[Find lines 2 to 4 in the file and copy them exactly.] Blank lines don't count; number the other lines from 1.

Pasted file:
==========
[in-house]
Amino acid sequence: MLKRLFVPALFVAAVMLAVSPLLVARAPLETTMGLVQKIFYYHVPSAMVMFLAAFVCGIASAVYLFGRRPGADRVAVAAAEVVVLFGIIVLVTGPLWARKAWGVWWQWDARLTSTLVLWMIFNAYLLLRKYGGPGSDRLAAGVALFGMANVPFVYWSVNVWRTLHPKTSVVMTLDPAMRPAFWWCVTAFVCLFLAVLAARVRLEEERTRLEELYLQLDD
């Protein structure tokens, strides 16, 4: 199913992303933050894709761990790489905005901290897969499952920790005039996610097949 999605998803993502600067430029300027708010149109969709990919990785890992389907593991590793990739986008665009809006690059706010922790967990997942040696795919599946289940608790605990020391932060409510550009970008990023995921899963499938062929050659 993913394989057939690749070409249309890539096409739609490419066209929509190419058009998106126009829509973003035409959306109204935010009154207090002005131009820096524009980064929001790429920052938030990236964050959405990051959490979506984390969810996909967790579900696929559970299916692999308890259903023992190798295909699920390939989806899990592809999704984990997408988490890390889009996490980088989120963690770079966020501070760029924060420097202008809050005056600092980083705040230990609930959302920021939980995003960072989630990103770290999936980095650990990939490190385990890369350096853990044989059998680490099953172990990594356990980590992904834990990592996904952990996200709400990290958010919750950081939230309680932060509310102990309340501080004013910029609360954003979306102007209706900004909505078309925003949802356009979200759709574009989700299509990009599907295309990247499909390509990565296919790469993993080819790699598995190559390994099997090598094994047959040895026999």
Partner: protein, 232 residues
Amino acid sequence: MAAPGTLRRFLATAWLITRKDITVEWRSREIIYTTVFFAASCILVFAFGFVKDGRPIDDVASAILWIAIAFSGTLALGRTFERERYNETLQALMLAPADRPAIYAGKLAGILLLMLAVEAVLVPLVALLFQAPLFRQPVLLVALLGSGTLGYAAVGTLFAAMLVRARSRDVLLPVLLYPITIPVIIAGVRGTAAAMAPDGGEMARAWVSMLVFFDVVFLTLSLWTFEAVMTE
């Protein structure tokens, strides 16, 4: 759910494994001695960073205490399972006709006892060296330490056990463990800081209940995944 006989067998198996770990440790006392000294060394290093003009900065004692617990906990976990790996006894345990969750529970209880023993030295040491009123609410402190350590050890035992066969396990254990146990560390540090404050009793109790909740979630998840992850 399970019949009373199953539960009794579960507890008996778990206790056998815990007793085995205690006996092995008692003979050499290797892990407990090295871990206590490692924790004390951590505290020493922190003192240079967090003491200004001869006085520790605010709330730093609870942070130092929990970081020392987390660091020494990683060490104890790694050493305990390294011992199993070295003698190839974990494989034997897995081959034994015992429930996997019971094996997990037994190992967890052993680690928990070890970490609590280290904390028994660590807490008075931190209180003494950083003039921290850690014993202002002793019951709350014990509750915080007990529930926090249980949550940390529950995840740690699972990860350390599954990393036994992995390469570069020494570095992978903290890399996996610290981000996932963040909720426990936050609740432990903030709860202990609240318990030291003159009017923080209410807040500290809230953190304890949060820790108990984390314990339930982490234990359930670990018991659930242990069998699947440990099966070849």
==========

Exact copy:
Amino acid sequence: MLKRLFVPALFVAAVMLAVSPLLVARAPLETTMGLVQKIFYYHVPSAMVMFLAAFVCGIASAVYLFGRRPGADRVAVAAAEVVVLFGIIVLVTGPLWARKAWGVWWQWDARLTSTLVLWMIFNAYLLLRKYGGPGSDRLAAGVALFGMANVPFVYWSVNVWRTLHPKTSVVMTLDPAMRPAFWWCVTAFVCLFLAVLAARVRLEEERTRLEELYLQLDD
């Protein structure tokens, strides 16, 4: 199913992303933050894709761990790489905005901290897969499952920790005039996610097949 999605998803993502600067430029300027708010149109969709990919990785890992389907593991590793990739986008665009809006690059706010922790967990997942040696795919599946289940608790605990020391932060409510550009970008990023995921899963499938062929050659 993913394989057939690749070409249309890539096409739609490419066209929509190419058009998106126009829509973003035409959306109204935010009154207090002005131009820096524009980064929001790429920052938030990236964050959405990051959490979506984390969810996909967790579900696929559970299916692999308890259903023992190798295909699920390939989806899990592809999704984990997408988490890390889009996490980088989120963690770079966020501070760029924060420097202008809050005056600092980083705040230990609930959302920021939980995003960072989630990103770290999936980095650990990939490190385990890369350096853990044989059998680490099953172990990594356990980590992904834990990592996904952990996200709400990290958010919750950081939230309680932060509310102990309340501080004013910029609360954003979306102007209706900004909505078309925003949802356009979200759709574009989700299509990009599907295309990247499909390509990565296919790469993993080819790699598995190559390994099997090598094994047959040895026999």
Partner: protein, 232 residues